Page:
A photo of Jeff Minter as a young man, with sun glasses and a beard. Th yellowing of the photo suggests 70s or early 80s. From Llamasoft: The Jeff Minter Story
Jeff Minter wearing a jumper and talking to the camera in Llamasoft: The Jeff Minter Story.
Llamasoft: The Jeff Minter story. The video clips are taken from the forthcoming documentary Heart of Neon, by Paul Docherty. | Image credit: Digital Eclipse/Llamasoft

And the context shifts from one volume to the next. The most recent Gold Master collection looked at Karateka, the forerunner to Prince of Persia. Karateka's story unfolded in a manner that, I now realise, provided an insight into its creator. Jordan Mechner was methodical in his brilliance, in love with details and small, careful shifts from one thing to the next. This was the story of his breakthrough game, and it was also the story of a man who saved every scrap of his work, who was his own biographer, his own archivist.

Minter is so incredibly different. Here, you get a story told through game after game after game, all different in some fundamental way, all fizzing with colour and energy and a very British sense of absurd humour. Minter's games, I now see, have themes they share, but they also move forward in weird lurching leaps of imagination. It reminds me a little of the effect you get from reading a Philip K. Dick story omnibus. You see the master returning to a theme, but changing the variables to make something distinct each time.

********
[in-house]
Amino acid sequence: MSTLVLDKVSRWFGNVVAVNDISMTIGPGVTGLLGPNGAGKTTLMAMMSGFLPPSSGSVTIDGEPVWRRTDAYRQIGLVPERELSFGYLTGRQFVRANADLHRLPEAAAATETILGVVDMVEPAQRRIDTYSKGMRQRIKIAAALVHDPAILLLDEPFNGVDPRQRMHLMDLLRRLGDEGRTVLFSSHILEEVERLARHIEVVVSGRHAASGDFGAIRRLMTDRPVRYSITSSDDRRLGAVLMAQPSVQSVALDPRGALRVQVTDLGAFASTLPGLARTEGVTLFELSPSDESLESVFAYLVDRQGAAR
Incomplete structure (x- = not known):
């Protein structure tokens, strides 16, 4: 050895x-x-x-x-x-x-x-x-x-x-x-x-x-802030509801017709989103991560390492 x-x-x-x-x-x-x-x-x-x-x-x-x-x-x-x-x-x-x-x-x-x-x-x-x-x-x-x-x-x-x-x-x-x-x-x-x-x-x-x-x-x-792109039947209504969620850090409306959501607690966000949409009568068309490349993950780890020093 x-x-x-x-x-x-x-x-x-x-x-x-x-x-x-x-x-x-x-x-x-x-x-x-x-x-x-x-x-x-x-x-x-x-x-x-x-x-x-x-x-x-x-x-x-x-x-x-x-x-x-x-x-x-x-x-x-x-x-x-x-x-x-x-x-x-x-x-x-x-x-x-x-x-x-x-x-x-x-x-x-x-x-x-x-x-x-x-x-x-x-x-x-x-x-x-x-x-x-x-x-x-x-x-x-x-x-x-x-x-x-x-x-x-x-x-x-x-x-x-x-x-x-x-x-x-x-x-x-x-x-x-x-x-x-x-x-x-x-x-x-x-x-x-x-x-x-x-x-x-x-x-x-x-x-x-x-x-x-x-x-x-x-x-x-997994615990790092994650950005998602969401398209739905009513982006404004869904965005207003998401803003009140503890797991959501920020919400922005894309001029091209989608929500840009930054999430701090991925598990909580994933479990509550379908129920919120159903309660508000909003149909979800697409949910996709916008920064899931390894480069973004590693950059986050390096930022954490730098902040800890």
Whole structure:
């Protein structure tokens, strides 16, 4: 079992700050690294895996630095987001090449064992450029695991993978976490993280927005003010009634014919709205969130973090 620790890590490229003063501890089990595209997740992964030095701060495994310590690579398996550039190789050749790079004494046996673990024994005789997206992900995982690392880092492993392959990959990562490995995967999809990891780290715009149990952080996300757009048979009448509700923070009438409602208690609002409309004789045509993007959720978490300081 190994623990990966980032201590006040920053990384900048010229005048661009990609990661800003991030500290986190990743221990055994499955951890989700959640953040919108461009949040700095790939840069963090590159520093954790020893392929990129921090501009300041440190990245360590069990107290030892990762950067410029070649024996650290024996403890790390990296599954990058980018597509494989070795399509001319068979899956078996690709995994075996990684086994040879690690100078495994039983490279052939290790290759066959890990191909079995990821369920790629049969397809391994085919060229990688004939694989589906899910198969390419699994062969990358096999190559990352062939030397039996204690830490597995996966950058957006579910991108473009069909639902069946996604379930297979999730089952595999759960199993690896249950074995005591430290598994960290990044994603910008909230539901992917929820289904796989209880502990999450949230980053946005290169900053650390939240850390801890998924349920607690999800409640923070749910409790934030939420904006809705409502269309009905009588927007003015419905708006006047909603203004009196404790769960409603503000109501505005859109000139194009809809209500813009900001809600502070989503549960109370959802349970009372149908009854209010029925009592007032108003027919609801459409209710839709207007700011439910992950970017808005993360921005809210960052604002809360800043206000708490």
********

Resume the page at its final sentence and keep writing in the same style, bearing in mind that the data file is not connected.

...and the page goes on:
A screen from the frantic arcade game Llamatron 2112 with pixels showering in every direction, from Llamasoft: The Jeff Minter Story.
A screen of the timeline from Llamasoft: The Jeff Minter Story. It shows a video clip called Llamasoft's Later Years.
Llamasoft: The Jeff Minter Story. | Image credit: Digital Eclipse/Llamasoft

When this is arcade games we're talking about, the rewards are immediate. This is an incredibly generous collection, and while it knocks things on the head around Tempest 2000 in 1994 (granted. it then warps forward for Gridrunner Remastered, a gloriously spacey blaster made last year, to cap things off), all of the stuff you associate with Llamasoft's 80s and 90s heritage is here. Loads of Mutant Camels, lots of Gridrunner - that game appears like an epiphany; you can feel the sense of revelation for Minter - and a very welcome inclusion of Llamatron: 2112, which will certainly be my most played game of the bunch.